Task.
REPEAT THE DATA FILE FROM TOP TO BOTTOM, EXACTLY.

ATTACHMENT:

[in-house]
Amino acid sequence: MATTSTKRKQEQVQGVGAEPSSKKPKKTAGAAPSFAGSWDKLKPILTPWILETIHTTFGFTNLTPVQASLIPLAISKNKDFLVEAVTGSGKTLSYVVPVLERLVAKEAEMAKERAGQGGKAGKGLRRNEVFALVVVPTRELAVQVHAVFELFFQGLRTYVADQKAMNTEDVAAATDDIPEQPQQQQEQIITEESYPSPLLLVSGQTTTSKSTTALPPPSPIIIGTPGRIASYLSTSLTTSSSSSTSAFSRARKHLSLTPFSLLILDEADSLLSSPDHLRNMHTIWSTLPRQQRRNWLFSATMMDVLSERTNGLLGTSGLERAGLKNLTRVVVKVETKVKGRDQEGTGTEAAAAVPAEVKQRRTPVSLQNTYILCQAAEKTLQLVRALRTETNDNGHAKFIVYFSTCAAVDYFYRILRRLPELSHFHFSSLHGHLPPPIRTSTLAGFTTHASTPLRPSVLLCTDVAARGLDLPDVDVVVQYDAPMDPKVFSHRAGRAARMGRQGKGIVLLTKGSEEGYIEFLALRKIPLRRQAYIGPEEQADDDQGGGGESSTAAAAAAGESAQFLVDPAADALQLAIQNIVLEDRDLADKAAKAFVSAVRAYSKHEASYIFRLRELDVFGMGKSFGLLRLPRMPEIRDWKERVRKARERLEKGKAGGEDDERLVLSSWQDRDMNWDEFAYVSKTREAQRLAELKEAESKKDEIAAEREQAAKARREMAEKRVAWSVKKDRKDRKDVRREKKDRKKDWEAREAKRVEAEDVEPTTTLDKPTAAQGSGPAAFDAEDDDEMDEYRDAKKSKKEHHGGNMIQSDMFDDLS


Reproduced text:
[in-house]
Amino acid sequence: MATTSTKRKQEQVQGVGAEPSSKKPKKTAGAAPSFAGSWDKLKPILTPWILETIHTTFGFTNLTPVQASLIPLAISKNKDFLVEAVTGSGKTLSYVVPVLERLVAKEAEMAKERAGQGGKAGKGLRRNEVFALVVVPTRELAVQVHAVFELFFQGLRTYVADQKAMNTEDVAAATDDIPEQPQQQQEQIITEESYPSPLLLVSGQTTTSKSTTALPPPSPIIIGTPGRIASYLSTSLTTSSSSSTSAFSRARKHLSLTPFSLLILDEADSLLSSPDHLRNMHTIWSTLPRQQRRNWLFSATMMDVLSERTNGLLGTSGLERAGLKNLTRVVVKVETKVKGRDQEGTGTEAAAAVPAEVKQRRTPVSLQNTYILCQAAEKTLQLVRALRTETNDNGHAKFIVYFSTCAAVDYFYRILRRLPELSHFHFSSLHGHLPPPIRTSTLAGFTTHASTPLRPSVLLCTDVAARGLDLPDVDVVVQYDAPMDPKVFSHRAGRAARMGRQGKGIVLLTKGSEEGYIEFLALRKIPLRRQAYIGPEEQADDDQGGGGESSTAAAAAAGESAQFLVDPAADALQLAIQNIVLEDRDLADKAAKAFVSAVRAYSKHEASYIFRLRELDVFGMGKSFGLLRLPRMPEIRDWKERVRKARERLEKGKAGGEDDERLVLSSWQDRDMNWDEFAYVSKTREAQRLAELKEAESKKDEIAAEREQAAKARREMAEKRVAWSVKKDRKDRKDVRREKKDRKKDWEAREAKRVEAEDVEPTTTLDKPTAAQGSGPAAFDAEDDDEMDEYRDAKKSKKEHHGGNMIQSDMFDDLS